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Another day, another congressional retirement. Today, California Democratic Rep. Tony Cardenas announced he won’t be running for reelection, bringing the number of House members who are either retiring or seeking other office up to 30.
In the battle for control of the House, his retirement doesn’t mean much: He represents a solidly blue San Fernando Valley-area district where three out of four voters cast ballots for Joe Biden in 2020. But his departure is symptomatic of a bigger problem facing California — it’s waning clout in Washington.
The decade began with a significant blow to the state — for the first time since achieving statehood in 1849, California’s slowing growth led to the loss of one House seat in reapportionment.
Even with 52 members, California still has the largest congressional delegation in the House — 40 Democrats and 12 Republicans. But the retirements of Cardenas and Rep. Grace Napolitano, and the departures of Reps. Katie Porter, Barbara Lee, and Adam Schiff, who are seeking the state’s open Senate seat, represent a collective loss of nearly 90 years of legislative experience.
The brain drain — so far, all Democrats — isn’t likely to end there. We’re still not through prime retirement announcement season, which essentially runs until the end of January, after members spend time with their families over the holidays. And there are as many as 10 competitive seats in California next year, a handful of which are considered toss-ups. That means — at a bare minimum — roughly a tenth of the California House delegation in the next Congress will be first-termers who are learning the ropes in an institution where seniority matters.
That’s not ideal for a big-state delegation that is already pretty green — 15 of the 52 current members were elected in 2018 and after.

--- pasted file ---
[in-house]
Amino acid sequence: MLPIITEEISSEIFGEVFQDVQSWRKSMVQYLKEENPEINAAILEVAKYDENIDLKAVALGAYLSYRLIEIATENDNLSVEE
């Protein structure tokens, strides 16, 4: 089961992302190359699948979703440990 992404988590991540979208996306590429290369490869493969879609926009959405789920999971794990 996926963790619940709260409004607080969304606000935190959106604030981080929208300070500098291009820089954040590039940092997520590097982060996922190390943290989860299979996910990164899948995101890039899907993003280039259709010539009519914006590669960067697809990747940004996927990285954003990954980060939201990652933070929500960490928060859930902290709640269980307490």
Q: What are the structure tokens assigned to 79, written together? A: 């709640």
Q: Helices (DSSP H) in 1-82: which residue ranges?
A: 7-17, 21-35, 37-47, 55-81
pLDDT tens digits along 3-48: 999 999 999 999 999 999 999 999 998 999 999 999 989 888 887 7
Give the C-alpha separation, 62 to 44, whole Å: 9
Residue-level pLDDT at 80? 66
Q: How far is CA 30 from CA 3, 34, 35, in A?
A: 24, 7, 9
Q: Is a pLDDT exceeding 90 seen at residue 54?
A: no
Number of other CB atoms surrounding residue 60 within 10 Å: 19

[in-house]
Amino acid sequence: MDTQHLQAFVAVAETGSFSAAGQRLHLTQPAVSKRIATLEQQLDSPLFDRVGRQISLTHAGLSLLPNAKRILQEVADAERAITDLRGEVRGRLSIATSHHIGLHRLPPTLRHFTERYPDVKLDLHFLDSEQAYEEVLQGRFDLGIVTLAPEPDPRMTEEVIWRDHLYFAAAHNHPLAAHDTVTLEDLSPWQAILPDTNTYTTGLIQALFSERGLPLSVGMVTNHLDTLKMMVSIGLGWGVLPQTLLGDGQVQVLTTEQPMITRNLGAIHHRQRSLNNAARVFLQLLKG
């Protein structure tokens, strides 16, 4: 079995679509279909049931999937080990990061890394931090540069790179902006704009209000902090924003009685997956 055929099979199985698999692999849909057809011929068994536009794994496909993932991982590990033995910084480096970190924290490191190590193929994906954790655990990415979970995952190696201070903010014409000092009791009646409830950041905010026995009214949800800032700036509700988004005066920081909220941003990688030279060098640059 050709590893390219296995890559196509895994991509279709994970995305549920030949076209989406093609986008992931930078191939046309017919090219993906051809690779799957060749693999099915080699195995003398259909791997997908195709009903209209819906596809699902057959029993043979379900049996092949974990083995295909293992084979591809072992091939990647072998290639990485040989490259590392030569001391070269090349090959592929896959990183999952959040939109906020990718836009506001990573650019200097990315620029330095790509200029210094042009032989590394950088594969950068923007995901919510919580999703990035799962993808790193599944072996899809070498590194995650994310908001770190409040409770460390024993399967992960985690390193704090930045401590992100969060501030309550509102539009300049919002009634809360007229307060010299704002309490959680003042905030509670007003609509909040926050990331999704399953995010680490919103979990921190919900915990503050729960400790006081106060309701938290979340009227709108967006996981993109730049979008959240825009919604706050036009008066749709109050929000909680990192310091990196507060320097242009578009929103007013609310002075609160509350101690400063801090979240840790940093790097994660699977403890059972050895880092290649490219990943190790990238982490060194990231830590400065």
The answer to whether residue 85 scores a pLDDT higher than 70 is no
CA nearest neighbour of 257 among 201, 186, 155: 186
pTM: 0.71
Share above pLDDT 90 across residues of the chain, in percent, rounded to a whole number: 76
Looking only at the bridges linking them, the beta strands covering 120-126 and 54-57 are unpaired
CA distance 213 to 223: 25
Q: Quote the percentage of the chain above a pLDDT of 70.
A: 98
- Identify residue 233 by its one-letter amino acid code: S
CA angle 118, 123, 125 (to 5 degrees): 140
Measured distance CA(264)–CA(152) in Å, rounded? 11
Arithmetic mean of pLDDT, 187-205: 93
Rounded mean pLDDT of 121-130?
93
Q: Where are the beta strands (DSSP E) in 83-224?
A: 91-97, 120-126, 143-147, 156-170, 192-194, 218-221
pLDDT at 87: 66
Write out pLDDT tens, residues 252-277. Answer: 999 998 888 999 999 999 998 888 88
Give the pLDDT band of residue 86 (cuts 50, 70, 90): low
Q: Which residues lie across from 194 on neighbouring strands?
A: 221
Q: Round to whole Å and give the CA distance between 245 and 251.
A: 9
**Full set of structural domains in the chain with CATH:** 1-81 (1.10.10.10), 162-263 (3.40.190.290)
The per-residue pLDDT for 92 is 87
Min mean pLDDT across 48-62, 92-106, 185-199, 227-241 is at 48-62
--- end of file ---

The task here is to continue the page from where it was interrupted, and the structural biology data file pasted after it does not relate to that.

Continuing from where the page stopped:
Under current Republican House rule, the blue state’s clout was already diminished — and that was before former Speaker Kevin McCarthy of Bakersfield was ousted in October. Today, there are no Californians in GOP leadership and the state holds no committee chairmanships. While the power of committee chairs has been in decline for years, a chairmanship remains a powerful asset for protecting and advancing state interests — rank-and-file members alone can’t match their role in policymaking or the distribution of federal spending.
California still fields the largest and most dominant bloc in the Democratic Caucus. That will come in handy in the event the House flips in 2024. But former Speaker Nancy Pelosi is in the twilight of her career and the top Californian currently in leadership, Rep. Pete Aguilar, only holds the third-ranking position. It’s true that California boasts the top ranking Democrat on three committees, but two of them are 75 years or older.
Compare that circumstance with the beginning of the Obama era, when the Golden State was unquestionably the top dog in a Democratic-controlled Congress, led by then-House Speaker Pelosi and four House committee chairs. In the Senate, the state had two powerhouse senators who served for decades, Dianne Feinstein and Barbara Boxer.
At the moment, California has two relatively junior senators — Alex Padilla, who was appointed in 2021 and won his first full term last year, and Laphonza Butler, who was appointed last month. Since she has announced she is not running for a full term next year, she’ll be replaced by another Senate rookie.
The recent spate of House retirements are part of a broader national phenomenon — Cardenas was the 10th member of the House or Senate this month to announce they’re hanging it up, the second-most in any one month going back at least as far as 2011. It’s welcome news to the legion of ambitious politicians back in California, who are typically piling up in a holding pattern awaiting the next big political opportunity. But it’s not so great for the nation’s most populous state to be a weakling in Washington.